Council votes to postpone airport plan adoption
Adoption of the city of Blaine’s Airport Master Plan was delayed after city council members voted to offset the decision by at least another week.
The plan is one of the three alternatives the city council is examining in their decision as to whether the Blaine’s current airport should continue to operate as a municipal function.
At an August 28 meeting, council members voted 4-3 to postpone the decision on adopting the airport commission’s final plan until the release of a second study that examines the feasibility of other alternative uses for the airport. That plan is scheduled for review on September 5.
Council member Jason Overstreet motioned to postpone any action on the plan until the council has made an official decision as to the expansion of the airport.
“This doesn’t speak to the quality of the plan, it speaks to the timing,” he said.
Council member John Liebert agreed. He said while he thought it was a good plan, he seconded the motion, adding that he thought it would send the wrong message to the Federal Aviation Administration as well as the community of Blaine.
“It’s not meant to dis any of those people who worked so hard on this master plan,” he said.
In a prior meeting, Mark Napier, a consultant with W&H Pacific hired by the city to draft the plan, had warned council members that while there were no obligatory consequences for merely approving the plan, not doing so could jeopardize receiving legislative funding for the 2007 fiscal year, which begins in October.
argued that even if the council waits until September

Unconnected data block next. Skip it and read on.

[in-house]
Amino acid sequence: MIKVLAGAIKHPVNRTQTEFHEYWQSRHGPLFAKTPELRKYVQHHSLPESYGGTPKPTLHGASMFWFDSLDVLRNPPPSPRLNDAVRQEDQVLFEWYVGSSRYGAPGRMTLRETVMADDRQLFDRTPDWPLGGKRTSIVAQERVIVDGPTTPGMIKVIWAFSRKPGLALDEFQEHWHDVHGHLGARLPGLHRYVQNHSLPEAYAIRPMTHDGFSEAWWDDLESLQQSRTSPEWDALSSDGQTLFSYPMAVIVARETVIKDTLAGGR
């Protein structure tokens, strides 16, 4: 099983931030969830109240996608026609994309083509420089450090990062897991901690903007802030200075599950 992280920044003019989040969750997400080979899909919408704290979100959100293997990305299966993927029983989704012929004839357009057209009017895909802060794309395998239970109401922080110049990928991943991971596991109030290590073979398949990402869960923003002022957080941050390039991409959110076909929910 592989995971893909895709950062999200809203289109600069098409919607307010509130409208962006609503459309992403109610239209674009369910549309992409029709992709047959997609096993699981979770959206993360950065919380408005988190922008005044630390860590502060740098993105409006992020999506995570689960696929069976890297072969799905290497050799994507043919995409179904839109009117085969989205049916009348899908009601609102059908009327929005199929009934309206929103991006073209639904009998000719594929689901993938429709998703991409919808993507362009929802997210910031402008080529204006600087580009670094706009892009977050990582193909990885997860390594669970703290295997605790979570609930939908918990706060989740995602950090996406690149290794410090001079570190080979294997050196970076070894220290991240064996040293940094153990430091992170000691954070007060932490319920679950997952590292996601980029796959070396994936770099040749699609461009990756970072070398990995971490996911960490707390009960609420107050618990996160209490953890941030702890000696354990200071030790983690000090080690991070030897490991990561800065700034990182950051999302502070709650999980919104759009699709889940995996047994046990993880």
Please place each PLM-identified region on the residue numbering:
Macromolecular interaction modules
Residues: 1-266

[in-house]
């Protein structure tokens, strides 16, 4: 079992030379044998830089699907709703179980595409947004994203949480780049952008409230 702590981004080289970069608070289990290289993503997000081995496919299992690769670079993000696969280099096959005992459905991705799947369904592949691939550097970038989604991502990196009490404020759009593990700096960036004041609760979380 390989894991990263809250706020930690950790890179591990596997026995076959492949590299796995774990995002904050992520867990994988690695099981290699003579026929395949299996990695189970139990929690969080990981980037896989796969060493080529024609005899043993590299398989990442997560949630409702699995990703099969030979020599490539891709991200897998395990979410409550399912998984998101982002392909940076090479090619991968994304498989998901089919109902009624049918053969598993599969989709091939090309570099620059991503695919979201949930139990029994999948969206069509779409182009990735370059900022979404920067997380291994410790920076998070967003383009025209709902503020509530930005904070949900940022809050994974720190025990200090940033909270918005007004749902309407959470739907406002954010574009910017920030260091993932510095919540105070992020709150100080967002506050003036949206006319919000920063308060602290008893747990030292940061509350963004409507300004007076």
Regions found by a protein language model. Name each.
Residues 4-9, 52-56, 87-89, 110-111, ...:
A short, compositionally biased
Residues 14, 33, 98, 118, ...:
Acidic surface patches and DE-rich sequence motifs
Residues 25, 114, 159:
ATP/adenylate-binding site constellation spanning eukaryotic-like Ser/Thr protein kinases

5, there would still be adequate time to apply for
federal and state grants.
“We still have time after the alternative land use committee report comes in to go after that October funding,” he said. “But by taking a step tonight to fully adopt the master plan prior to the other half of the study I thought would send a bad message to the community.”
Blaine mayor Mike Myers said disagreed with the council’s decision.
“I think that’s a bad decision,” he said. “A community without a plan for an airport is not a good community. This is a good master plan. It’s wrong to disapprove it and it’s wrong to postpone it.”
City council member Charlie Hawkins agreed, adding he thought some members of the community were polarizing the issue for political gain.
“If we do go ahead with the airport, we need to start as soon as we can to get the process going,” Hawkins said. “If we stall around, we’re going to miss funding periods that are critical.
“It seems to me they’re trying to make two separate issues out of it. It’s a good plan and we should approve it so if we do approve the airport expansion, we’ll have something to go with right away.”
plan calls for expanding the airport
to accommodate more business-type,
twin-turbine aircraft, otherwise
known as a B-II type aircraft, in
an effort to encourage growth in
the business community.
The current airport capacity allows A-1, or small single-engine planes and is not useable during adverse weather conditions.
The plan also calls for increasing runway length from 2,500 feet to 3,200 feet, constructing additional hangars and moving the entire runway south.
Airport commission chair Doug Fenton said the goal of the expansion is to encourage business people who fly planes to move their business here.
A public hearing for the alternative land uses committee report is scheduled for 7 p.m. September 18 at the Blaine senior center. For more information, call 332-8311.